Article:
the automatic repetition by someone of words spoken in his or her presence, esp. as a symptom of mental disorder
Origin of echolaliaModern Latin ; from echo (see echo) + -lalia, speech defect ; from Classical Greek lalia, speech ; from lalein, to talk, prattle ; from reduplicated, reduplication of Indo-European echoic an unverified form la- (as in Classical Latin lallare, German lallen, to lull)
- Psychiatry The immediate and involuntary repetition of words or phrases just spoken by others, often a symptom of autism or some types of schizophrenia.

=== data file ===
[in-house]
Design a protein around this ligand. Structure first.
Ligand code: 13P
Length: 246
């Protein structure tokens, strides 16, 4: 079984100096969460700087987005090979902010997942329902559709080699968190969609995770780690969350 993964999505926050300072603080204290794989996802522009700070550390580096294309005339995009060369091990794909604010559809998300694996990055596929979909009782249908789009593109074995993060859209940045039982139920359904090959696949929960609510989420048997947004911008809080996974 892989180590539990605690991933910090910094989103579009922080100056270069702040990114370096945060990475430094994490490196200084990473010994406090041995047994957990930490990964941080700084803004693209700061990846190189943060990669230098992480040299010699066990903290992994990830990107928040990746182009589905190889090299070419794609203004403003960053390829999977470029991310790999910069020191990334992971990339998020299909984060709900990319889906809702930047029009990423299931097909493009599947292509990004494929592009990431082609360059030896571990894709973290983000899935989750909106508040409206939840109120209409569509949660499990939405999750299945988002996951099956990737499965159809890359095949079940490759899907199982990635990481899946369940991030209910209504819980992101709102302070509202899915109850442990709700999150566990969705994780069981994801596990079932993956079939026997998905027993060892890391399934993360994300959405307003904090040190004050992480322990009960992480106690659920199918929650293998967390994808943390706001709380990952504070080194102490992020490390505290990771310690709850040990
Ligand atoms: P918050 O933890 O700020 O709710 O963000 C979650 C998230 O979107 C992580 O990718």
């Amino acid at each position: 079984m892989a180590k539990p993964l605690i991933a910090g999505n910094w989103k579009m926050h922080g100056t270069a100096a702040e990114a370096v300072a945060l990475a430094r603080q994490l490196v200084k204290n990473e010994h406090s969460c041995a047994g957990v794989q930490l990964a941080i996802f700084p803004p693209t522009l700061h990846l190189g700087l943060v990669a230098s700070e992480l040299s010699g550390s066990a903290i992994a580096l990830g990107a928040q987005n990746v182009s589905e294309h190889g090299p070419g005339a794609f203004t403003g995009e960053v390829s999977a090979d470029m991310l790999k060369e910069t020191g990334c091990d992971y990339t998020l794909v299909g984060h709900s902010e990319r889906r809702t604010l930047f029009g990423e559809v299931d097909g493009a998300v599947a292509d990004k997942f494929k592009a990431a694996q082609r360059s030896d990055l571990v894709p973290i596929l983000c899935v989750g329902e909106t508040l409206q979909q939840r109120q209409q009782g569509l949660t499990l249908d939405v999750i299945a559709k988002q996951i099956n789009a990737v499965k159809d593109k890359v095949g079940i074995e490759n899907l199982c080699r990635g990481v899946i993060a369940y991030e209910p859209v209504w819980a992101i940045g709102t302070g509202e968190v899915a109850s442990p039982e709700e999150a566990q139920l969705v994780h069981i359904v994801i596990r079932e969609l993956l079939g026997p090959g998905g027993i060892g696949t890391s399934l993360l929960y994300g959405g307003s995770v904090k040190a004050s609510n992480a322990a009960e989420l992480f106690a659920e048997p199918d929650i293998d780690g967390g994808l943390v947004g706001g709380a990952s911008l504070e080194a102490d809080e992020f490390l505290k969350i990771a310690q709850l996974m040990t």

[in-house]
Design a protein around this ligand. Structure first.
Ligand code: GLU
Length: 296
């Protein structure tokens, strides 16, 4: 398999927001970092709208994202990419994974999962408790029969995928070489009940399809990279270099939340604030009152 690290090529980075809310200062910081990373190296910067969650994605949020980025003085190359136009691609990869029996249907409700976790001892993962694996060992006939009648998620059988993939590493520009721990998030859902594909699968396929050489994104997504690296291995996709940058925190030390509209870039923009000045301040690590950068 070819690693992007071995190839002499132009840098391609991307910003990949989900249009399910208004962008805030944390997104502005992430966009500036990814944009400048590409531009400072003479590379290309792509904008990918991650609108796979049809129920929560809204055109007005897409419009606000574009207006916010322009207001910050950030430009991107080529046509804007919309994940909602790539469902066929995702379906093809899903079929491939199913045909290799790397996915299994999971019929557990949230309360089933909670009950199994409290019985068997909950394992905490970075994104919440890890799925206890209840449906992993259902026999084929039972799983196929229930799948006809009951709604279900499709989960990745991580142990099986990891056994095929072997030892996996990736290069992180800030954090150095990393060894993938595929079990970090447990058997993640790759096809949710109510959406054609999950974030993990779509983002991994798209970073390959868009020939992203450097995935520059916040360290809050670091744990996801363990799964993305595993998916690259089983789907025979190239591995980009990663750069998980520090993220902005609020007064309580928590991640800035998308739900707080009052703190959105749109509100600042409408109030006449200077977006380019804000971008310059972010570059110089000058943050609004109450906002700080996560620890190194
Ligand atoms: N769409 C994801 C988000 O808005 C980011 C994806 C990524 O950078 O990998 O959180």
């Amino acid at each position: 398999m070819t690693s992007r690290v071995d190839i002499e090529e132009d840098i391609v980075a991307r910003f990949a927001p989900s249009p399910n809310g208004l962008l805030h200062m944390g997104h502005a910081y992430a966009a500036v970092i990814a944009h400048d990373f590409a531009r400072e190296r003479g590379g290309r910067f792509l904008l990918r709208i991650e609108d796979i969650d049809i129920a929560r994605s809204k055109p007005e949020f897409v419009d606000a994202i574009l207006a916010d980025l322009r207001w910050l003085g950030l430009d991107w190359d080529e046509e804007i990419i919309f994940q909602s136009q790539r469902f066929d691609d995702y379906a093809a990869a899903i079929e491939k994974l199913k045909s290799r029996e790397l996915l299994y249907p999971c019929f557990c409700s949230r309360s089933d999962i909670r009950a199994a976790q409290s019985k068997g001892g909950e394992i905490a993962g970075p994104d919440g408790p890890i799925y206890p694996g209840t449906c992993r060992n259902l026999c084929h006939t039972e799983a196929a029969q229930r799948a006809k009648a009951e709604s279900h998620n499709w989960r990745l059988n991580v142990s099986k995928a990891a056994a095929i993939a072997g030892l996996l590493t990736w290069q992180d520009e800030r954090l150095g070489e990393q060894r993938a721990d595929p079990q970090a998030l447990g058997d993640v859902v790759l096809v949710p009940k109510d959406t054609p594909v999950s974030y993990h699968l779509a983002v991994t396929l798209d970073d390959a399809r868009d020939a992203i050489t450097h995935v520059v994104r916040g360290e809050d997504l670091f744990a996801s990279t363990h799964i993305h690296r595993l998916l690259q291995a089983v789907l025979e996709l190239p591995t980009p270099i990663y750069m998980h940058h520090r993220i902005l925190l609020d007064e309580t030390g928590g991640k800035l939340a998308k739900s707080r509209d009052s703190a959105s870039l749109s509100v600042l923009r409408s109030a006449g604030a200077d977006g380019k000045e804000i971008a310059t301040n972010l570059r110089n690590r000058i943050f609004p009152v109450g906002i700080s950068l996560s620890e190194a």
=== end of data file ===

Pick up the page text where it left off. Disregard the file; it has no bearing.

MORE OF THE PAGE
- An infant's repetition of the sounds made by others, a normal occurrence in childhood development.
Origin of echolaliaecho + Greek lali&amacron;, talk (from lalos, talkative).
(countable and uncountable, plural echolalias)
- (clinical psychology) The immediate, involuntary, and repetitive echoing of words or phrases spoken by another.
- An infant's repetitive imitation of vocal sounds spoken by another person, occurring naturally during childhood development.
- Any apparently meaningless, repetitious noises, especially voices.
From echo + -lalia.